Everything but the kitchen sink

In Ireland at this time of year, we ask each other: ‘how did you get ‘over’ the Christmas?’ To which the standard refrain is: ‘not too bad, ’twas quiet…sure you know yourself’.

Which typically is code for ‘we ate too much, drank too much, and endured our relatives.’ Excessive consumption of food and alcohol are strategies used for coping with intimate and intense emotional settings the world over.

But I like Christmas a lot, it’s a time when we switch off our office lights and switch on our Christmas lights. This year was our first UK Christmas as a family. And we didn’t get over it, or on with it, we got into it, and made it an adventure.

I have five boys ranging from 20 to twins of 2.5 years old. So with a 4 year old and our two toddlers in tow we explored Gloucestershire. We met Santa, or ‘Father Christmas’ as he’s known around these parts in three separate places. There was the one at the Exmouth Arms on the Bath Road, compliments of the Lions Club, the one who visited the local play group, and the wonderful Jolly old Elf at the end of the Wychcombe Railway line who we travelled to see by Steam Train.

All of three were community made, not a department store in sight; they were wonderful, personable souls that made Christmas a little bit extra special this year not just for Isaac, Saul and Eli, our three younger sons but also for Colleen (my wife) and I.

Santa at the Exmouth Arms asked Isaac our 4 year old, where he is from. Isaac’s response took our breath away: ‘I belong to Ireland, but I live in England’.

It made Colleen and I gulp…. From the mouths of babes…

That encounter, in the early part of the Christmas festivities, alongside another moment I had with Isaac -in the closing days of Christmas before returning to work-bookended the festive season for me.

The other bookend moment I am referring to happened last weekend. Just after breakfast Isaac started getting up to mischief at the kitchen table and knocked over his milk. Without thinking about it too much, I called him to the kitchen sink and filled it up with sudsy water, then told him to climb up on a chair and we started washing the breakfast dishes.

Big deal, right? Actually what we did wasn’t a big deal. Its smallness was what made it significant. But for me what we didn’t do is worthy of most attention.

We didn’t, or at least I didn’t do what I did throughout Christmas after a meal or drink, I didn’t put the dishes in the dishwasher.

It suddenly struck me we had thrown everything into making this Christmas a special one, everything that is, but the kitchen sink.

There is something profoundly calming about sudsy warm water and actual work that makes a legitimate contribution to family life. And our dishwasher with all its built in efficiencies, and implicit promises to free us up for more leisure time and associational life, actually -by sleight of hand- displaces a hugely important function of the kitchen sink.

The kitchen sink is often one of the first places a child learns that they can contribute to their family’s wellbeing. Or at least it used to be.

The relationship between the kitchen sink and the dishwasher provides a useful comparator between the technocratic world we all have re-entered this week and the world we’ve left behind.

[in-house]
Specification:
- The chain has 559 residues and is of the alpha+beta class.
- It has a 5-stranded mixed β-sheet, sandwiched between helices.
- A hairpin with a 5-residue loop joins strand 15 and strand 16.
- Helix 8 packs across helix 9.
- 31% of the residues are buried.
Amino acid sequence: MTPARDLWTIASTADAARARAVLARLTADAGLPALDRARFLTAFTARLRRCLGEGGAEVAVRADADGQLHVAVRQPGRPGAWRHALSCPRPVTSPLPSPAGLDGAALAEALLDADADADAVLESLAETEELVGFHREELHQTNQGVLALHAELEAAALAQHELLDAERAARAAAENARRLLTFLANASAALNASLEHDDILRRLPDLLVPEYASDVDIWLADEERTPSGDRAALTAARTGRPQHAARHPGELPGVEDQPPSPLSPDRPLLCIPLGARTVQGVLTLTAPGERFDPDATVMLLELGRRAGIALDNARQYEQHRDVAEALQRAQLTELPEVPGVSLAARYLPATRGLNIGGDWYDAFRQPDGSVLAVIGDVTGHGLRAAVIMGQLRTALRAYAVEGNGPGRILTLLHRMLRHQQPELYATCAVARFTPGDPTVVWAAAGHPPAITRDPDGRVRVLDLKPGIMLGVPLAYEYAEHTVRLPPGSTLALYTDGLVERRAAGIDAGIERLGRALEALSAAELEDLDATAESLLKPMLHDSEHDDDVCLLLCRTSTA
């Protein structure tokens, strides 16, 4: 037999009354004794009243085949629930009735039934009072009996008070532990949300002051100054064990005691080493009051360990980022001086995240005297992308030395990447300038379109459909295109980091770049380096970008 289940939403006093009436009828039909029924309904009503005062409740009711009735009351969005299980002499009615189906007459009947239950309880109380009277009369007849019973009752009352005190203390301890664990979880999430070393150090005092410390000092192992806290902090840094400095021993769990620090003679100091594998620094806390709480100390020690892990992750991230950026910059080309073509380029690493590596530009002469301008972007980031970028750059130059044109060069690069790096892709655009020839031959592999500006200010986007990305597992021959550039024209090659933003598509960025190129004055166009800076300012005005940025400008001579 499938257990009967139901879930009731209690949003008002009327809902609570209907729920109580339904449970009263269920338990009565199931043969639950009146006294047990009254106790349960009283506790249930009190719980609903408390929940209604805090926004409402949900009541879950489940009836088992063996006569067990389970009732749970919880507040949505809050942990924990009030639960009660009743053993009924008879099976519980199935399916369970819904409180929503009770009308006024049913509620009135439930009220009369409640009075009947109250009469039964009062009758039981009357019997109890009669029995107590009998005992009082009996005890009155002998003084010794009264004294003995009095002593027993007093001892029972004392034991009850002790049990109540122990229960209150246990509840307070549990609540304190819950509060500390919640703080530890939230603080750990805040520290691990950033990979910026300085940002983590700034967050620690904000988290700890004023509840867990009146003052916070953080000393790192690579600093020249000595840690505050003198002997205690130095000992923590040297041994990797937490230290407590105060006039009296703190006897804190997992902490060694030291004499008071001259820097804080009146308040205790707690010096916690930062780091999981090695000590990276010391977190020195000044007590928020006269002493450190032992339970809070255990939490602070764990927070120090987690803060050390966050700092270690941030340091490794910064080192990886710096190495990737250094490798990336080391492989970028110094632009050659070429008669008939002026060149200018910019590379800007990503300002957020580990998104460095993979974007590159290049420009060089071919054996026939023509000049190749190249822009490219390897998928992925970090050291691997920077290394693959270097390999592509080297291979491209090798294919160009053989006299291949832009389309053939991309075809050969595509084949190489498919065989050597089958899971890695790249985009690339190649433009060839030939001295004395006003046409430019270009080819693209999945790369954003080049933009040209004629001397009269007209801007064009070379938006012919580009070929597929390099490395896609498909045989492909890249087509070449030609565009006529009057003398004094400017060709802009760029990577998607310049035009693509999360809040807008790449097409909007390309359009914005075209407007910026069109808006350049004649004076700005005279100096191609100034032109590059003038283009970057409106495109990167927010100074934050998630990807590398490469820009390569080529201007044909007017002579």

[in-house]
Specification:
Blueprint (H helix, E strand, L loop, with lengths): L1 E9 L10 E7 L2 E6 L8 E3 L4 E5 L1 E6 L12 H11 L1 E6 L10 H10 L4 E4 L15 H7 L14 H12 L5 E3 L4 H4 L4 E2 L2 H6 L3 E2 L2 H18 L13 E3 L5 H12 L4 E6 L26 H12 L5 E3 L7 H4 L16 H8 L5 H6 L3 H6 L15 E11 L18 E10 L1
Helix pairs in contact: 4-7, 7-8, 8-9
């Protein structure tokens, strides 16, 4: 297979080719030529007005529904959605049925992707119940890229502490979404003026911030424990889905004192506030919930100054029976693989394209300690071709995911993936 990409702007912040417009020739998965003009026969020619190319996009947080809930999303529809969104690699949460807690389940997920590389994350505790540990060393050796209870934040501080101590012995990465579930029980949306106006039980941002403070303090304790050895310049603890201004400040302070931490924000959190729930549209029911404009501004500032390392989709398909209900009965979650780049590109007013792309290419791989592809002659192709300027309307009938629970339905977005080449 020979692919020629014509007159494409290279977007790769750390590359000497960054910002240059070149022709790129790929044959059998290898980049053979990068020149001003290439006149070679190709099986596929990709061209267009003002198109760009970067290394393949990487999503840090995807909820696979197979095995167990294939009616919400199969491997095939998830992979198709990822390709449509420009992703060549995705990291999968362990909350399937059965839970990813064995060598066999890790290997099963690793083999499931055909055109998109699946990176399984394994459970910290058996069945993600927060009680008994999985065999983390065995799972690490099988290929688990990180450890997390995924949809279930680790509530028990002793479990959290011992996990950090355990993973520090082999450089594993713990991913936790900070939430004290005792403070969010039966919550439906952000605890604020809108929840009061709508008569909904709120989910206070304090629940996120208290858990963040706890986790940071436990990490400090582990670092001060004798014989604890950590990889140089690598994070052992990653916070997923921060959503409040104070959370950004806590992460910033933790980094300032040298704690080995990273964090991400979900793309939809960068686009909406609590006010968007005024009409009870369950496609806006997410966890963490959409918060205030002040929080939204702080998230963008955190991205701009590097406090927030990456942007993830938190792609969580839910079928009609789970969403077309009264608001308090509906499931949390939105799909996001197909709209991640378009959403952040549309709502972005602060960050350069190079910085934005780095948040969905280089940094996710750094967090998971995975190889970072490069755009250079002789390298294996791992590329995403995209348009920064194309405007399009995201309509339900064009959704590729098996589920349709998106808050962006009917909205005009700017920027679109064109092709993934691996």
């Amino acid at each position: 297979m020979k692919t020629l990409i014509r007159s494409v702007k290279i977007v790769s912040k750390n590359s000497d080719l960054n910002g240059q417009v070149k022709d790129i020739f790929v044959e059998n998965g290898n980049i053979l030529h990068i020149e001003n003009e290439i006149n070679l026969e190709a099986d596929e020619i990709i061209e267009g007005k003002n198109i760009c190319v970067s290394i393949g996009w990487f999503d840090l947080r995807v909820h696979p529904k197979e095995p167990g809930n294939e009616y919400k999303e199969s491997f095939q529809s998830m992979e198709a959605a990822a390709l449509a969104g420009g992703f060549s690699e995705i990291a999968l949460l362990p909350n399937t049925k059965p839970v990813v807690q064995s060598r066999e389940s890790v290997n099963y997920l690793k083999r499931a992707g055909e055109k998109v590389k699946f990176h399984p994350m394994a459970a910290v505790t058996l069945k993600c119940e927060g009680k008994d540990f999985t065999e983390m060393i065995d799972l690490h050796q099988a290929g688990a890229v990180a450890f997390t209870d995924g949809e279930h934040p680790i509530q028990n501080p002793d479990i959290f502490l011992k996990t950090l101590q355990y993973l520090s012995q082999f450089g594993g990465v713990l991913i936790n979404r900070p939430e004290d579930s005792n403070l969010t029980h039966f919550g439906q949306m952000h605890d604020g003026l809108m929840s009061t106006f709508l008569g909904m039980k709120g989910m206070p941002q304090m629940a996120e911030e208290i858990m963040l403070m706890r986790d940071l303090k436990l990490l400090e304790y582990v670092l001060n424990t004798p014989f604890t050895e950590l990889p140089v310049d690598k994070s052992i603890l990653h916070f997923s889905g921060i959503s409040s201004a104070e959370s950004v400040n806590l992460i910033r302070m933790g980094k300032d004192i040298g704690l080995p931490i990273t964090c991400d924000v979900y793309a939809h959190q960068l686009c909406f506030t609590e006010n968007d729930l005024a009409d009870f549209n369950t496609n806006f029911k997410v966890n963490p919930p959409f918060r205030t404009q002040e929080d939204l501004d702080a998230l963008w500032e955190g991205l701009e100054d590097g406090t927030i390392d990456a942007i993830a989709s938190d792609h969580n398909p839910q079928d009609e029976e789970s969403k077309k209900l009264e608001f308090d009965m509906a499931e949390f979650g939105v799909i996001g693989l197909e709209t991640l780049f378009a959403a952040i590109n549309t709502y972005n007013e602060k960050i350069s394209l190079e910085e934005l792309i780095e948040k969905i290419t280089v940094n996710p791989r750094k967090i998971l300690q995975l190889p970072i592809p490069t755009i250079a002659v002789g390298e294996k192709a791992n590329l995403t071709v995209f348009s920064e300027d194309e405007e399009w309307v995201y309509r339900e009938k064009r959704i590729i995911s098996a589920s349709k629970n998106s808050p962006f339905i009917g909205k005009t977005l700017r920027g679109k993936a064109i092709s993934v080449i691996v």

The Christmas lights have been switched off until next year, and the office lights are back on.

The secret for me in the year ahead is in Isaac’s Christmas wisdom:

If he was older and so inclined he might say: Papa there is a difference between belonging to and living in a place. He might also caution that the way to make a place a home is through the kitchen sink not the dishwasher.

But I think he’d also say there are many other ways to grow belonging and commend us for not taking him and his brothers to a Department Store Father Christmas; instead going local and staying at human scale.

In a sense the kitchen sink is emblematic of all things local, sustainable, civic and interdependent, while the dishwasher is axiomatic of all things cosmopolitan, impersonal, efficient yet imperceptibly harmful to our human relations and shared environment.

So I’m left with the question: what is displaced each time we choose efficiency over relationality? I suspect grappling with that question in the company of family, friends and neighbours could be the makings of happier more sustainable New Year. So with that in mind, Happy New Year!

Cormac Russell

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  • Maureen

    Aah, so that’s why I don’t have a dish washer! (and my main criteria in looking for a house was that the kitchen sink looks out over the garden),

    I loved Isaac’s comment, so simply and beautifully put. Thank you for sharing it.

    January 9, 2015 at 5:54 pm
  • Lawrence Hughes

    Well Isaac, thank you! How I express where I am from and where I now live has been a challenge for me for the last few years.

    We use the word “home” now-a-days to mean the house where we live, which in the past would have been home. So few of us now live where we were born and grew up. We probably all would find it difficult to refer to the building that we live in just as our house, we naturally call it home. But for me, at least, the word was never quite right. Does “I’m going home”, imply the same as “I’m going to my house”? I don’t think that it always does. There is so much more emotion implied by home.

    Whenever I return to Bristol I feel “at home”. I am however very careful not to say that too openly for fear of offending my Glouster family! So now I have a solution to the issue between language and heart – I belong to Bristol, but I live in Gloucester. I learnt this from a very wise young man.

    January 11, 2015 at 10:40 am

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